Where we will be when you read these words I cannot quite say. It was not lightly that we chose to banner "war and peace" on the cover of this issue. Of course that bannering relates to the personal moral dilemma faith and patriotism can create in times of state violence. Not since the paranoia of the cold war rivalry between the United States and the Soviets has there been such a sense of imminent danger...of the individual carried away on the shoulders of war. After all, that was a big part of the premise to Tolstoy's "War and Peace"—that forces beyond the individual, even beyond a leader's control, can inflame war or create peace.

In my last editorial I challenged the legitimacy of "just war" thinking that imagines it can cloak military action with Divine right. Abraham Lincoln recognized the danger of this in his second inaugural when he pointed out that both sides in the Civil War prayed to the same God, both believed their cause just; and yet both sides could not be right at the same time. No wonder he argued against malice and for charity to the vanquished.

The still small Seventh-day Adventist Church found in the Civil War a real test of both faith and patriotism. Leaders like Ellen White had long decried the evil of slavery. As war loomed, she saw it as a natural punishment for the inhumanity of the south. But church leaders did not incite members to take up arms and act out the words of the Battle Hymn of the Republic in exacting God's vengeance. For Adventism, the emerging dynamic of that war was the development of a position of noncombatancy–not necessarily pacifism, but a Christ-based code of personal conduct that respected life and the distinction between the kingdom of God and the kingdom of man. That position held during two world wars and up through the Vietnam war.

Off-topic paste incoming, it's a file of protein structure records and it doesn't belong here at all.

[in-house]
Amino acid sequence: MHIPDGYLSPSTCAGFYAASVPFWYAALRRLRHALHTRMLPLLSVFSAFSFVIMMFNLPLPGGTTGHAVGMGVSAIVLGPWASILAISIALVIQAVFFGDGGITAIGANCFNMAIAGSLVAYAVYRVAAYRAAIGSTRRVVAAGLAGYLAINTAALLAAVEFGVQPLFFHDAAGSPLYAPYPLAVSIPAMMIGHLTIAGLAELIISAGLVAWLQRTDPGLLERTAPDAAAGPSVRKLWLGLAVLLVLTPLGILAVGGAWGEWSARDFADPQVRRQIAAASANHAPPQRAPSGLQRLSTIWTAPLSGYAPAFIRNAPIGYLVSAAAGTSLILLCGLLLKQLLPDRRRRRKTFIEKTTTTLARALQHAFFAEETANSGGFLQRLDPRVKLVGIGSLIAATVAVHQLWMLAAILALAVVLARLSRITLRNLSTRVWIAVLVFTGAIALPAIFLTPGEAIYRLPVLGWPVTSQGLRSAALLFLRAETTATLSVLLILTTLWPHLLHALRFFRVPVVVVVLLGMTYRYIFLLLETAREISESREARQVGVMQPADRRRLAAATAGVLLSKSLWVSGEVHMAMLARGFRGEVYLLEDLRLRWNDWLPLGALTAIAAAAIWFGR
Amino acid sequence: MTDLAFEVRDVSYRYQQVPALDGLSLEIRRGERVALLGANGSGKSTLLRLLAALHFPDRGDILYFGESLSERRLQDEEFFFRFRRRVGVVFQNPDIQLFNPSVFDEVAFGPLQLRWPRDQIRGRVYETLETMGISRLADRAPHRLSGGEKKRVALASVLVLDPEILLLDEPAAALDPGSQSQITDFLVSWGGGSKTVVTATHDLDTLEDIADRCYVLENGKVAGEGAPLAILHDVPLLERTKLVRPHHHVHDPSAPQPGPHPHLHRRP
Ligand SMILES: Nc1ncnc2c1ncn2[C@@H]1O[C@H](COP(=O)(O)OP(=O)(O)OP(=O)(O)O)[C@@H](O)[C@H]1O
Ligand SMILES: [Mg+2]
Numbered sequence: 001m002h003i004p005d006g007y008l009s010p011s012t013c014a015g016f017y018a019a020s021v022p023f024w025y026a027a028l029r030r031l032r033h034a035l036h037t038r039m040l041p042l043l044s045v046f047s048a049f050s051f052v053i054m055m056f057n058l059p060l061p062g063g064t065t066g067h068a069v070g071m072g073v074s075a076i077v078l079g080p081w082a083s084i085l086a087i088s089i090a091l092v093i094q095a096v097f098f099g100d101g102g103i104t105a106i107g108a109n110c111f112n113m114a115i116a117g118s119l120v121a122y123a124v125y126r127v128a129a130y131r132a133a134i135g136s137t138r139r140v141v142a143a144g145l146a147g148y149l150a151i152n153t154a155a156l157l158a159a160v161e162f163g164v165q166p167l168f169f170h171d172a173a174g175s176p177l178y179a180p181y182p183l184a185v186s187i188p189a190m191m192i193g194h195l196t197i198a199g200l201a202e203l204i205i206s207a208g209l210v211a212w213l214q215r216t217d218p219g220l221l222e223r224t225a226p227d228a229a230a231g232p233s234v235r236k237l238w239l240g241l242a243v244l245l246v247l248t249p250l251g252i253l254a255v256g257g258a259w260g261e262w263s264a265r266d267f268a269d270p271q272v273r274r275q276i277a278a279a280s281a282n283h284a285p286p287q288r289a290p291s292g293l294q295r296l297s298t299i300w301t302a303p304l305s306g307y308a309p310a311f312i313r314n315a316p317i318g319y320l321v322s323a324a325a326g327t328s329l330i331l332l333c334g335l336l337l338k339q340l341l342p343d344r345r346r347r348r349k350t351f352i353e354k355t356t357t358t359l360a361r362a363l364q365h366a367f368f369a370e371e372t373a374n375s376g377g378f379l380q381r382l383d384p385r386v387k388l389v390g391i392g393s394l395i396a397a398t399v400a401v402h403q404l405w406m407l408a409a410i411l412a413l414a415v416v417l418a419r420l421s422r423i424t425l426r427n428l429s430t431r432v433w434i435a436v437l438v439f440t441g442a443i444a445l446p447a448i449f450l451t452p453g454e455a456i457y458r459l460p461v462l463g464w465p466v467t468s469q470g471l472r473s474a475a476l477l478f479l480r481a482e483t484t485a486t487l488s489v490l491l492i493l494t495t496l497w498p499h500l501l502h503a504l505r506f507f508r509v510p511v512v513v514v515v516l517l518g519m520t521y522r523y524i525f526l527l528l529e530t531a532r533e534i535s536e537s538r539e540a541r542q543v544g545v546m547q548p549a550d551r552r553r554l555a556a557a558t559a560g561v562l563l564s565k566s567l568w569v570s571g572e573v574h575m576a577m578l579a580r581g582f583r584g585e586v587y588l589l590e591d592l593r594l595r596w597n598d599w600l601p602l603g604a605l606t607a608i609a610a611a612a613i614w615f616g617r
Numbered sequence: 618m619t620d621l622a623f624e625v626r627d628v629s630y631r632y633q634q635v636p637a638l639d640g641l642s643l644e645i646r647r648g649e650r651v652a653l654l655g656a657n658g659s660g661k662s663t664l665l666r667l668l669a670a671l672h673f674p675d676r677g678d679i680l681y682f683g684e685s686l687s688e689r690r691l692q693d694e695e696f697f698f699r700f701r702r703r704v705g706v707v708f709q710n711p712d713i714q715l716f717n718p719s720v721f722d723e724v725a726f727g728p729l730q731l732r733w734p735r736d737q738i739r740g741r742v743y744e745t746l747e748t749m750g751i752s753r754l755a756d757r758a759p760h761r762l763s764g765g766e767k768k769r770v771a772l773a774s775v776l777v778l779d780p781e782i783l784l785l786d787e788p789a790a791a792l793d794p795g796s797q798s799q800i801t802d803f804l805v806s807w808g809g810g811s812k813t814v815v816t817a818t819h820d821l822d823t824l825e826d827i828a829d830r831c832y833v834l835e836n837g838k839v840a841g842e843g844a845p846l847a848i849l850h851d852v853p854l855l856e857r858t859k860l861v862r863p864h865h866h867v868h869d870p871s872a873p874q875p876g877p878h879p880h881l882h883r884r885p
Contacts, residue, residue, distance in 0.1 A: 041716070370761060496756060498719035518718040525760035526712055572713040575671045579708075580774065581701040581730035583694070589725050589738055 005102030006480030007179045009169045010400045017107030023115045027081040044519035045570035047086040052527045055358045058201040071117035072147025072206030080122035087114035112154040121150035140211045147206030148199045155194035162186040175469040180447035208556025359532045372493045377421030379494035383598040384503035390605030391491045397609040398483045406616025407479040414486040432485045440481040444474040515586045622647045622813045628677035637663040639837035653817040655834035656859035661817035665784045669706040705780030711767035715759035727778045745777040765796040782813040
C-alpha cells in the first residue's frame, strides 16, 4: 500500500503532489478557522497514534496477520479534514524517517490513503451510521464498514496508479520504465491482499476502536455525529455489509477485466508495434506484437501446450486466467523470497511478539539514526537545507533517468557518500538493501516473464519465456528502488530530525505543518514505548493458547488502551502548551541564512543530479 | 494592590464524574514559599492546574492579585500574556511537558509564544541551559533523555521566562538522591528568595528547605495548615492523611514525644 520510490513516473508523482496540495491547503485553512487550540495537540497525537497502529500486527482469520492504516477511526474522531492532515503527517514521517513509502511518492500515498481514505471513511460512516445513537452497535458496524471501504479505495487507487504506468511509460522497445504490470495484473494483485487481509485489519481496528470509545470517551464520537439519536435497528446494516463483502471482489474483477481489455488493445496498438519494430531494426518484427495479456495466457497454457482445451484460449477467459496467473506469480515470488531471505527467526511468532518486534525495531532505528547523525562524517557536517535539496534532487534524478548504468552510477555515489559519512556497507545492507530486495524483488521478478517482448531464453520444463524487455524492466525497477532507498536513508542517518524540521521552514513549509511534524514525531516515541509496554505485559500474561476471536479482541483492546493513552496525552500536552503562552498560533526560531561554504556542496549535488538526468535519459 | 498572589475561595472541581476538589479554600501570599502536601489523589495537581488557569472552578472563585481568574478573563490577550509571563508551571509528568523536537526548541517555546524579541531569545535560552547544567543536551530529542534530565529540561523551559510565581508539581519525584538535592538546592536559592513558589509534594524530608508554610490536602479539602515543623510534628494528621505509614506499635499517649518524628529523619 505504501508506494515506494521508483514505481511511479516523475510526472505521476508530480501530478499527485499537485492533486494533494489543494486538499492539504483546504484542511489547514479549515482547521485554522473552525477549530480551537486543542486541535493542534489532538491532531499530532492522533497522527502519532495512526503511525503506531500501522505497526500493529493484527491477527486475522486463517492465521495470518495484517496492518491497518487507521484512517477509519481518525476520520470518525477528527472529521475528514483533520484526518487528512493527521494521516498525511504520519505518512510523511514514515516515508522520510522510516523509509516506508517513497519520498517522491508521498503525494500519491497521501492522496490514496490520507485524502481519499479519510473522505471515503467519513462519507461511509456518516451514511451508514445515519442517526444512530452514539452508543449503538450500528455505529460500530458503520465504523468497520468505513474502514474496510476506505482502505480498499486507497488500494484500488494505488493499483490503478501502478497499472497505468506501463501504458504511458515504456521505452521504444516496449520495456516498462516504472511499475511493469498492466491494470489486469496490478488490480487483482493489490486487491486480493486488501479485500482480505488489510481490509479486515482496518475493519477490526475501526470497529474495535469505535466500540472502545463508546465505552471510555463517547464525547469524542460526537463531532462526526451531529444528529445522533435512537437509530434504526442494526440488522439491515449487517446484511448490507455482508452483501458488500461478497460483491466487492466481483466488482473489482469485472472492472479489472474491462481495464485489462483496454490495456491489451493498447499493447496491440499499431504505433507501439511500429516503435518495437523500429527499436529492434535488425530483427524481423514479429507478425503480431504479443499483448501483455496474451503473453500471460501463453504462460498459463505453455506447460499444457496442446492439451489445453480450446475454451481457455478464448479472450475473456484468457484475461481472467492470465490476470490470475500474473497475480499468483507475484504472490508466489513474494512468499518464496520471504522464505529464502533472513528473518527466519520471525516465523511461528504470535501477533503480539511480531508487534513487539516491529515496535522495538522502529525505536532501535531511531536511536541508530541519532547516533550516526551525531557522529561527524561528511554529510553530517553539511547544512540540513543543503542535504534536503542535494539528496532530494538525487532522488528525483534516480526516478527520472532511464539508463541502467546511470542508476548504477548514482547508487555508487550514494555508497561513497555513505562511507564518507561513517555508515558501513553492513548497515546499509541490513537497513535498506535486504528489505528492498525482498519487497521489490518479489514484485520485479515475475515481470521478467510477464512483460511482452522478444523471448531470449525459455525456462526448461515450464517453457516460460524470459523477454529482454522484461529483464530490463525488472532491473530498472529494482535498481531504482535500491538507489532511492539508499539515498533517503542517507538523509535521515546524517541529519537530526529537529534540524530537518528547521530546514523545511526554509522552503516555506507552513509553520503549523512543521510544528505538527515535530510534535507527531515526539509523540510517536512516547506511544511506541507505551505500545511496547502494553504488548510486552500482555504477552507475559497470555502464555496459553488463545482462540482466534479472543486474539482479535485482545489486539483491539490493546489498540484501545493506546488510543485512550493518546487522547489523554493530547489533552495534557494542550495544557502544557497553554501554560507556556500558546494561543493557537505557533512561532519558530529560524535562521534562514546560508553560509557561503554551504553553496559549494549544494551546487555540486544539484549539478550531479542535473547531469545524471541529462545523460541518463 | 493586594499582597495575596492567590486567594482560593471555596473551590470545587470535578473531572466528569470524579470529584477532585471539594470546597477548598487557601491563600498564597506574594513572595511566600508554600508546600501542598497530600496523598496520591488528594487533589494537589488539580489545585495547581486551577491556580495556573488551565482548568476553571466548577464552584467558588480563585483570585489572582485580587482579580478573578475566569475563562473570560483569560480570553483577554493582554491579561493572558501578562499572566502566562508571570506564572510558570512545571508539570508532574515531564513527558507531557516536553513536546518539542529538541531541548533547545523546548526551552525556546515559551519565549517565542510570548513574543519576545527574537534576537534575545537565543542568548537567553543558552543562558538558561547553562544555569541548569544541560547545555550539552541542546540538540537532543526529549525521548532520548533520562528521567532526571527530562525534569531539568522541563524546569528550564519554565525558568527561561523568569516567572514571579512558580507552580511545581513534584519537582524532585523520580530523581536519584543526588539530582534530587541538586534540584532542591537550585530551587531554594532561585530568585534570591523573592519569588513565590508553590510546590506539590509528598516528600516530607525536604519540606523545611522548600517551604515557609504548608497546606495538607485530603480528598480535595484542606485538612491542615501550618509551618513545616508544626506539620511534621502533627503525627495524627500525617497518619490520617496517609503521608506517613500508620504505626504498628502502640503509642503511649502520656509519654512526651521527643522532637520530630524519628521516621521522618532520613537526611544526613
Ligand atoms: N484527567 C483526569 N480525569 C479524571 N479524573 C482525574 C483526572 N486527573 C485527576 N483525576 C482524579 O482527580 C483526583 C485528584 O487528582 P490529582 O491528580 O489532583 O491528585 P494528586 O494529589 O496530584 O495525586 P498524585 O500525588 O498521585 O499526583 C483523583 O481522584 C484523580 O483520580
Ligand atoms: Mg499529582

Many of my Adventist peers with higher draft numbers or lower grades served in the Vietnam era military. Many of them stood resolutely for non-combatancy. I confess to not a little awe of what they stood for.
I was impressed when General Barry McCaffrey, commander of the armored forces in the Gulf War and for a time director of the White House Office of National Drug Control Policy told me that he owes his life to a Seventh-Day Adventist medical corpsman in Vietnam. And I have been a bit chagrined to reflect on the fact that so many Adventist young men volunteered for the White Coats–a non-combat assignment where they were tested like Guinea pigs to develop, among other things, it turns out, chemical and biological agents like Anthrax.

Surely the world is no less ambiguous today. We should not be making easily invoked constructs of war or indeed any state action as definitively the will of God...man is too finite for such presumption. We should be working toward, as William Bennett seems to argue repeatedly in his books, a sense of personal virtue and morality. A moral citizenry will more naturally result in a state that acts with charity, while reserving faith as an eternal matter between the individual and the Divine.

In a recent public meeting I made a comment dismissive of the just war theory, and was accused of denying the U.S. or any other nation the moral right to wage war. I do not think that conclusion follows. States must, of course, act in ways to protect themselves and their interests. The Apostle Paul in the New testament of the Bible is quite definite that Christians should respect the power and prerogatives of civil government. But he gave it no Divine mandate other than the responsibility to God we all share.